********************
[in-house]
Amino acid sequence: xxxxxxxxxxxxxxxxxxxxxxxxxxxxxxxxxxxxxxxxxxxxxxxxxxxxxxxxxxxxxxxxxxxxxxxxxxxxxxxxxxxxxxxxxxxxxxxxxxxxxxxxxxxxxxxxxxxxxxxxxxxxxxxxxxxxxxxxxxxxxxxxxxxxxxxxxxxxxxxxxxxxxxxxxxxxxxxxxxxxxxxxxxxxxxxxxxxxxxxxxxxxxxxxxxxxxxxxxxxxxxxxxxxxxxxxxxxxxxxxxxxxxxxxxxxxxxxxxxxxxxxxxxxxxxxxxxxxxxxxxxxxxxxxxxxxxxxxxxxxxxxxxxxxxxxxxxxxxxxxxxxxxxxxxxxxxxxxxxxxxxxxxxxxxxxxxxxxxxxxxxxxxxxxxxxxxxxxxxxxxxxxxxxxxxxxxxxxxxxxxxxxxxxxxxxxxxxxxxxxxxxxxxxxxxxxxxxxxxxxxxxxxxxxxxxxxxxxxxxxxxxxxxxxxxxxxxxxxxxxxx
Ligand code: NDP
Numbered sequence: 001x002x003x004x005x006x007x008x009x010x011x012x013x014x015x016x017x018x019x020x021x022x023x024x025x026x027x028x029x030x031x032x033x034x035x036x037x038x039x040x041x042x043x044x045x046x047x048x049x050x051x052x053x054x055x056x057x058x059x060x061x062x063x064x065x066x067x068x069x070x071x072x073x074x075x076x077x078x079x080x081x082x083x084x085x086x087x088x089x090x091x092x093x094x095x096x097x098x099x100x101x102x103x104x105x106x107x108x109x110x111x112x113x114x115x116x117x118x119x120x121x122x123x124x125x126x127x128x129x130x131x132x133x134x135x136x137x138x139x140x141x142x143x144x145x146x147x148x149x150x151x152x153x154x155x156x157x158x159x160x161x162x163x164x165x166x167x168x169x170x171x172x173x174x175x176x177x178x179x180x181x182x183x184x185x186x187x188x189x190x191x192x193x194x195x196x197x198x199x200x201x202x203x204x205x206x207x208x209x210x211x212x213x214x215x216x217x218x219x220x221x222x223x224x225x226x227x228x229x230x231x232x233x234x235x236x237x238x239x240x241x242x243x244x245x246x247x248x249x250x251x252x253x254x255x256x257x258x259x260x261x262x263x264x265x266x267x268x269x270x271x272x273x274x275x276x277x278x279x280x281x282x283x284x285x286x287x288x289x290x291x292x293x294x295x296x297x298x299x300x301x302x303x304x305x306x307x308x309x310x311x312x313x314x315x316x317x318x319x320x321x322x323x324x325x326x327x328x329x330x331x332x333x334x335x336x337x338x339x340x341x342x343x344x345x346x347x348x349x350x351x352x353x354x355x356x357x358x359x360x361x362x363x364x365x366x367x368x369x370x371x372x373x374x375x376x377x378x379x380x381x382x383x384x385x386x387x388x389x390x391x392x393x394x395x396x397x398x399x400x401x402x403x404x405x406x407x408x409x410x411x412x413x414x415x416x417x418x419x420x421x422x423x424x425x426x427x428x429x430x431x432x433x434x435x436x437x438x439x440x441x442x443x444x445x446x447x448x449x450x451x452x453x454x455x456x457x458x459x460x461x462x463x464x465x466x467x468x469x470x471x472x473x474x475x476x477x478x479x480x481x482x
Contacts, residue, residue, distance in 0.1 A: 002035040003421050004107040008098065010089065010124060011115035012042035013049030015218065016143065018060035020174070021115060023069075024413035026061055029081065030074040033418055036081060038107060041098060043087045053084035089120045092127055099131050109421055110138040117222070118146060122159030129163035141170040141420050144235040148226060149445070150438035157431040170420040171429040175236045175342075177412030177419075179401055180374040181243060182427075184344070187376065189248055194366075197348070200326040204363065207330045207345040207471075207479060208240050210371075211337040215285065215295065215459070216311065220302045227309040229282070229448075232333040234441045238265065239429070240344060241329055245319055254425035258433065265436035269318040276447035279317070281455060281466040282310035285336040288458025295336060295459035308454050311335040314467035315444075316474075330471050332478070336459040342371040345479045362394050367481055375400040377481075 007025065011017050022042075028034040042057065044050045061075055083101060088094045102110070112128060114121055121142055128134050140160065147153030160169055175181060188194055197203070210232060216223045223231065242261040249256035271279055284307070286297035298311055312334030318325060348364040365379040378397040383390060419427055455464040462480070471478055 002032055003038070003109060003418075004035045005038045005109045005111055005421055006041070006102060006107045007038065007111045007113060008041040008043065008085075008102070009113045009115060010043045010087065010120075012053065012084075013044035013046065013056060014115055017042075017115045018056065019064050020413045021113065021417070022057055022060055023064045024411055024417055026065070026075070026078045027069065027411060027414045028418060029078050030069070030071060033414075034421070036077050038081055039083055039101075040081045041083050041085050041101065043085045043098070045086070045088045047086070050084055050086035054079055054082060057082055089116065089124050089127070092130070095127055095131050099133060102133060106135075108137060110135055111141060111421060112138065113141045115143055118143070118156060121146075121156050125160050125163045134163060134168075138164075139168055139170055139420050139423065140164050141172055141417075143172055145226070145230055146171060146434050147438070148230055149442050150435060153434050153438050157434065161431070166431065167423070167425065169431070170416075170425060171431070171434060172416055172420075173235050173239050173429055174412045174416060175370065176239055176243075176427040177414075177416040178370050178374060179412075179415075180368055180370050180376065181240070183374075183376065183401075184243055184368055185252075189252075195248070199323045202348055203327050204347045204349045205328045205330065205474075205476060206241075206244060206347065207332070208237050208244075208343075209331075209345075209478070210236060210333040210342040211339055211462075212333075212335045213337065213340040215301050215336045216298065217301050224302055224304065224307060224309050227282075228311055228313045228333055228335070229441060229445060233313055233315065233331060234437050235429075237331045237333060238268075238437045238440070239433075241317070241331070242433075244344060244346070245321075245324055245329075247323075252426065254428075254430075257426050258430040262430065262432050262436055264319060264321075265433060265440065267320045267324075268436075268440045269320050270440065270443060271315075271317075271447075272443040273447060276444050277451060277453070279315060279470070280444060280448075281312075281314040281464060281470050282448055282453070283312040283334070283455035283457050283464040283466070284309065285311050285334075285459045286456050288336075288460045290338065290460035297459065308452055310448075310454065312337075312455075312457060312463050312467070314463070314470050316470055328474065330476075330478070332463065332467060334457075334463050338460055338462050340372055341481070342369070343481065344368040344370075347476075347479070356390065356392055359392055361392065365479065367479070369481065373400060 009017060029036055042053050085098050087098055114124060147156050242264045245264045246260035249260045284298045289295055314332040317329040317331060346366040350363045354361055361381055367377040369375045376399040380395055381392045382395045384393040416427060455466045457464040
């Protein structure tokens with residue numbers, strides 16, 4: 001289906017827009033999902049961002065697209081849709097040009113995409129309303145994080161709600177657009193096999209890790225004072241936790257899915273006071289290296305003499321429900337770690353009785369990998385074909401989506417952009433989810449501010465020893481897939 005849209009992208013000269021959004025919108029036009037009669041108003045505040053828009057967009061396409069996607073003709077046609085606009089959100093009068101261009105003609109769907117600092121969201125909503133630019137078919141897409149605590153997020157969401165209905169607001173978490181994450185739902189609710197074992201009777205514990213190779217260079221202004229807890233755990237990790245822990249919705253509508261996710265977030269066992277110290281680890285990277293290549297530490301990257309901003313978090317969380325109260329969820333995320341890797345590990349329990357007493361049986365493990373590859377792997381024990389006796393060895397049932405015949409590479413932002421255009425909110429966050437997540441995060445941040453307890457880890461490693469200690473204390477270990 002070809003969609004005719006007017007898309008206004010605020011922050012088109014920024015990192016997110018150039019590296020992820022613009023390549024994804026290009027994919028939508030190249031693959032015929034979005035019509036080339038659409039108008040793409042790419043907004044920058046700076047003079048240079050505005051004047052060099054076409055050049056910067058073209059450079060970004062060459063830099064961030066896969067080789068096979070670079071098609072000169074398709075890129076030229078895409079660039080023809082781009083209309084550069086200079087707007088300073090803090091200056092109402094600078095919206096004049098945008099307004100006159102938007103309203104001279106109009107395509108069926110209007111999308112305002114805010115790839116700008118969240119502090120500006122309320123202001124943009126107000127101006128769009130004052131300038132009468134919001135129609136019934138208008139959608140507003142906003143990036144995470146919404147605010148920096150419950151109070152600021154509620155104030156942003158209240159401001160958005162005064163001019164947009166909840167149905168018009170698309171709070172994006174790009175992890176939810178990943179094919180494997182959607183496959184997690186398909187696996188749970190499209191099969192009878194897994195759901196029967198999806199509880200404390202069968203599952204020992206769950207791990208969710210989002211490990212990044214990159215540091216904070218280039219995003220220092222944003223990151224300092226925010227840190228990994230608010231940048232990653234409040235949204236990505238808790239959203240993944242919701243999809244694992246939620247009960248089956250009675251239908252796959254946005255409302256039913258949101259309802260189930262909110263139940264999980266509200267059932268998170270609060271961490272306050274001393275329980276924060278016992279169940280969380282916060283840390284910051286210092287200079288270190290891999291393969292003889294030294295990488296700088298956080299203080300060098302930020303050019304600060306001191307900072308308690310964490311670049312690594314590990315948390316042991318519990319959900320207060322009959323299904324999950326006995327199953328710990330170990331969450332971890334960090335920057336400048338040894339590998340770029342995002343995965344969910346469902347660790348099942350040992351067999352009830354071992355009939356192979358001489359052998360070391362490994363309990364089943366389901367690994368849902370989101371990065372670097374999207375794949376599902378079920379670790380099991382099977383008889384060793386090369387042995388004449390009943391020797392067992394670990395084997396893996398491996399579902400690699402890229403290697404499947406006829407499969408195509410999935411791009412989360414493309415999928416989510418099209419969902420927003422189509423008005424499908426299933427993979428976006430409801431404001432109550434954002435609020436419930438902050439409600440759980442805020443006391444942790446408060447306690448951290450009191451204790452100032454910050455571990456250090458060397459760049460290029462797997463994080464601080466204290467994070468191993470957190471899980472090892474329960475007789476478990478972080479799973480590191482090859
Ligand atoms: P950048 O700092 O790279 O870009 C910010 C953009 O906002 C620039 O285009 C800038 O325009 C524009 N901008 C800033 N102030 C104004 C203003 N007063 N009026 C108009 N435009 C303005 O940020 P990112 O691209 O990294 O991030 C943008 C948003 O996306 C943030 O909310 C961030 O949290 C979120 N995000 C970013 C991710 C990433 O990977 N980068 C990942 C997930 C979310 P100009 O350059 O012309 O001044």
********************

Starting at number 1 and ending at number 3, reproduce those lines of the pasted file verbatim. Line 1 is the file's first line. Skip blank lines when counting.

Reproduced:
[in-house]
Amino acid sequence: xxxxxxxxxxxxxxxxxxxxxxxxxxxxxxxxxxxxxxxxxxxxxxxxxxxxxxxxxxxxxxxxxxxxxxxxxxxxxxxxxxxxxxxxxxxxxxxxxxxxxxxxxxxxxxxxxxxxxxxxxxxxxxxxxxxxxxxxxxxxxxxxxxxxxxxxxxxxxxxxxxxxxxxxxxxxxxxxxxxxxxxxxxxxxxxxxxxxxxxxxxxxxxxxxxxxxxxxxxxxxxxxxxxxxxxxxxxxxxxxxxxxxxxxxxxxxxxxxxxxxxxxxxxxxxxxxxxxxxxxxxxxxxxxxxxxxxxxxxxxxxxxxxxxxxxxxxxxxxxxxxxxxxxxxxxxxxxxxxxxxxxxxxxxxxxxxxxxxxxxxxxxxxxxxxxxxxxxxxxxxxxxxxxxxxxxxxxxxxxxxxxxxxxxxxxxxxxxxxxxxxxxxxxxxxxxxxxxxxxxxxxxxxxxxxxxxxxxxxxxxxxxxxxxxxxxxxxxxxxxxx
Ligand code: NDP